A Chinese church leader tells Americans that his country is allowing increased religious freedom.

As if opening another window to the West, Bishop K. H. Ting Guangxun and several dozen other church leaders in the People’s Republic of China hosted some 50 non-Chinese Christians at a recent five-day symposium on the church in China.

Ting (sometimes spelled Ding) told his visitors—most of them Americans—that Christians are finding increased freedom in the “new China” under the Communist government of Deng Xiaoping. He added that Chinese Christians are helping the country achieve its socialist goals.

The visitors who were asked to speak at the symposium were overwhelmingly from the evangelical-conservative camp, said participant Werner Burklin, executive director of the International Conference on Itinerant Evangelists to be held next year in Amsterdam. Former astronaut James Irwin, of the High Flight Foundation, spoke about his Christian faith; and Sam Wolgemuth, president emeritus of Youth for Christ International, spoke on prayer. United Methodist leader Joseph B. Kennedy, head of the U.S. China Education Foundation and one of the symposium’s organizers, presented a Western view of the Chinese church. Others gave summaries of church growth and missionary work around the world.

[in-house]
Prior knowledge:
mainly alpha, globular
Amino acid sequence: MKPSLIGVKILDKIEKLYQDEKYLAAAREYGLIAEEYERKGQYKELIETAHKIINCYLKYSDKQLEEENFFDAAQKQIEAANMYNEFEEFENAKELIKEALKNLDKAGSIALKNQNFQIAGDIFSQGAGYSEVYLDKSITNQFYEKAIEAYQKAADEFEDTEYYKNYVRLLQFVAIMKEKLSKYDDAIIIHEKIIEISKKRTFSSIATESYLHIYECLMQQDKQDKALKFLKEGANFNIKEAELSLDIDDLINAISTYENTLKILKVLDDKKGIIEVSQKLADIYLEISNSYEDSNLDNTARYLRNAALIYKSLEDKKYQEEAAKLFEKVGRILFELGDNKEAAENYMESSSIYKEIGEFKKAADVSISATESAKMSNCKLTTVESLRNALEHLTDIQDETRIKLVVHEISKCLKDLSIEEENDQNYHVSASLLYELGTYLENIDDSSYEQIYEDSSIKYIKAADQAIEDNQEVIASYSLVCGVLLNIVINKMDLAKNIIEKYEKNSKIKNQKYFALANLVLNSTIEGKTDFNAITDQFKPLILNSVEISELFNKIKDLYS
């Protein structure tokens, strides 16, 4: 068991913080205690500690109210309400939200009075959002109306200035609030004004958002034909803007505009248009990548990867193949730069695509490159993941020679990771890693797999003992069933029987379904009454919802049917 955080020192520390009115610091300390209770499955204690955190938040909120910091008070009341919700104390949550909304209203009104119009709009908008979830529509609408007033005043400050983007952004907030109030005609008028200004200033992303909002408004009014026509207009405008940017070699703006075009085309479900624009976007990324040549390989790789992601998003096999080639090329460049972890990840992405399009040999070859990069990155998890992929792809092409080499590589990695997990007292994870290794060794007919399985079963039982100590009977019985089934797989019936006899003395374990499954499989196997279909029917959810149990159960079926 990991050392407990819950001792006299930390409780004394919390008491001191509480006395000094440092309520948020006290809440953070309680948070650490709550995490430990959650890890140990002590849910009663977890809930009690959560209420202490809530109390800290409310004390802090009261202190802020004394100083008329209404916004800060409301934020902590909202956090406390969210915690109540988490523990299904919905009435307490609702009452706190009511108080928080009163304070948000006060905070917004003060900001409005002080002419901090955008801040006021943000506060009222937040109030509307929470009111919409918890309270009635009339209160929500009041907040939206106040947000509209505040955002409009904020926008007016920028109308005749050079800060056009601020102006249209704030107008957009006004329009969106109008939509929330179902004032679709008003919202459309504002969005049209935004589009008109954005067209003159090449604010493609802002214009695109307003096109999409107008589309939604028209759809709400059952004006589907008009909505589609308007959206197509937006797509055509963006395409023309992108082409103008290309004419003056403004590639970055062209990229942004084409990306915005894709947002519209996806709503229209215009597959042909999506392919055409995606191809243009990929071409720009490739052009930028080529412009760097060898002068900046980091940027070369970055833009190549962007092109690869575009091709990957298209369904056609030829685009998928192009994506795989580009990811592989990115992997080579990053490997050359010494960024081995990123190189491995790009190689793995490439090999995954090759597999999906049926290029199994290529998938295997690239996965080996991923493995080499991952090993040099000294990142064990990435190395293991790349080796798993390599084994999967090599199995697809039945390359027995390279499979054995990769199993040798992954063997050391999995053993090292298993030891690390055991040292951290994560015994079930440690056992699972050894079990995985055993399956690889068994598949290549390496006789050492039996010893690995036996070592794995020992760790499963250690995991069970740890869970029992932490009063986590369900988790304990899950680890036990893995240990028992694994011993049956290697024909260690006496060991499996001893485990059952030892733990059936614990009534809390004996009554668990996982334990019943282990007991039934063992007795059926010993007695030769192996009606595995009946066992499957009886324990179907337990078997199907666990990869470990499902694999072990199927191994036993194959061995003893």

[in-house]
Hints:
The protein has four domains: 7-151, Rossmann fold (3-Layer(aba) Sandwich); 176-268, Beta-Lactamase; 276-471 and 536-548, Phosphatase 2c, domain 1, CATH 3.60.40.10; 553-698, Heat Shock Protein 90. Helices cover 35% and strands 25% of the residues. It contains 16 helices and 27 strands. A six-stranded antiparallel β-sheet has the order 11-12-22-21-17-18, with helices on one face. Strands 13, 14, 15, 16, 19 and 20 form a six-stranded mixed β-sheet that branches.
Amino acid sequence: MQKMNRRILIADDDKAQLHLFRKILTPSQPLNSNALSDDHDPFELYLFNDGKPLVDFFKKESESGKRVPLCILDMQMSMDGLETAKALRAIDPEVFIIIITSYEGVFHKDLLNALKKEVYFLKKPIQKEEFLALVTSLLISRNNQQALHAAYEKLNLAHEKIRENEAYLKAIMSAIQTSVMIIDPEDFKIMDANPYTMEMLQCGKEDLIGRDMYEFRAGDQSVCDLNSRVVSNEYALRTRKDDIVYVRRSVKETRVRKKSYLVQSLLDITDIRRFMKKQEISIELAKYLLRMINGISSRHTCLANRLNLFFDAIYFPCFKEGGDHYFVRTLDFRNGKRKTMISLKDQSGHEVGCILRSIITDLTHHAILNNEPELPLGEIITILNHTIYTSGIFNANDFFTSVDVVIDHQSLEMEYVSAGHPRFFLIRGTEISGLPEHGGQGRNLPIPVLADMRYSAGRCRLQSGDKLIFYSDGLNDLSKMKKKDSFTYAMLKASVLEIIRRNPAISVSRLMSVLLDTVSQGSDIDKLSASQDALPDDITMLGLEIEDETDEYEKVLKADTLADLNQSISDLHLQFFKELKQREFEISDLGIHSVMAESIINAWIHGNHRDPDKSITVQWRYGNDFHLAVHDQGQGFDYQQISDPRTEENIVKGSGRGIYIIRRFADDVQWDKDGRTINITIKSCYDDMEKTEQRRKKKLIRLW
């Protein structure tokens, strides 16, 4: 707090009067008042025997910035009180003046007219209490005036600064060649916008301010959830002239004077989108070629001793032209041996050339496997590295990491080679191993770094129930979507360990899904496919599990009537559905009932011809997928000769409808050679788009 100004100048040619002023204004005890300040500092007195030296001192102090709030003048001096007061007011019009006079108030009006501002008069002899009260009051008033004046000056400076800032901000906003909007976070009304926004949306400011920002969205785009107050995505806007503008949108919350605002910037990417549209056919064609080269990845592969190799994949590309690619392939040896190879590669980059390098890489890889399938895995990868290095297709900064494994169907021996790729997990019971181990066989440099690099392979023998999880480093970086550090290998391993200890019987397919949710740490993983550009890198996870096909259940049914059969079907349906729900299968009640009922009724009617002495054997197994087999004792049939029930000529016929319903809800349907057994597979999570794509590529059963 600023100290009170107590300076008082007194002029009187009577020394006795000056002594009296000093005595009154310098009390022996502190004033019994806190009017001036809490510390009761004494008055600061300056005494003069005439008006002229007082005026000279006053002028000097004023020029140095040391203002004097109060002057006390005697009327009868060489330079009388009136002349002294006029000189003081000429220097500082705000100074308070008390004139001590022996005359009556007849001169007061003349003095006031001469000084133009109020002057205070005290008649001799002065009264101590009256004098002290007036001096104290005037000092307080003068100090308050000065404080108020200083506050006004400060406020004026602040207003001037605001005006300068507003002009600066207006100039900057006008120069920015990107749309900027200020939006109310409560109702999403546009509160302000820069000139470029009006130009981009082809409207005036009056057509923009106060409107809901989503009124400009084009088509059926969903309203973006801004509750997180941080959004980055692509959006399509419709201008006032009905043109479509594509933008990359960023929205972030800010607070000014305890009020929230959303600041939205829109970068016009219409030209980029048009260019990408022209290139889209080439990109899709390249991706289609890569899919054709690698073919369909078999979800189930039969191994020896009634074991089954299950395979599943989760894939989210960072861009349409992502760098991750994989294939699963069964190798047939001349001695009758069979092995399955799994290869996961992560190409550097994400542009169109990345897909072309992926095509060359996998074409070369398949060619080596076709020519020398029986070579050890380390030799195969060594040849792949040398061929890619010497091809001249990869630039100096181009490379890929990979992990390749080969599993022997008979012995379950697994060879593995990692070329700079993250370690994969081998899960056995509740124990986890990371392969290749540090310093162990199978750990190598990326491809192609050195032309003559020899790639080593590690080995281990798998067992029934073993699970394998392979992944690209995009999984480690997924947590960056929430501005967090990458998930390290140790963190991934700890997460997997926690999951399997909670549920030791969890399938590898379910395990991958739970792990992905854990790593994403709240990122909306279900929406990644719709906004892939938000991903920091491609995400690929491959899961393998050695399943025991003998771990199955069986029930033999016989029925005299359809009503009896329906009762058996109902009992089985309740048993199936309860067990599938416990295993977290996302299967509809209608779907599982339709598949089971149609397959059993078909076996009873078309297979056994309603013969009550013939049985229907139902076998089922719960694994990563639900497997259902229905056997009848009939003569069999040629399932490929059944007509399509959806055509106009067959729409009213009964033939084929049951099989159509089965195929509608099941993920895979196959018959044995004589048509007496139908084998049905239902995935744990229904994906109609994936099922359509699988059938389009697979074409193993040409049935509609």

Ting, president of the China Christian Council and head of the Three Self Patriotic Movement (TSPM), China’s officially recognized Protestant body, described life in China under Communist rule. He restricted his comments to the period following the death of Mao Zedong in 1976 and the end of the infamous Cultural Revolution, during which Christians were harshly persecuted. Since 1979, when the government initiated ...

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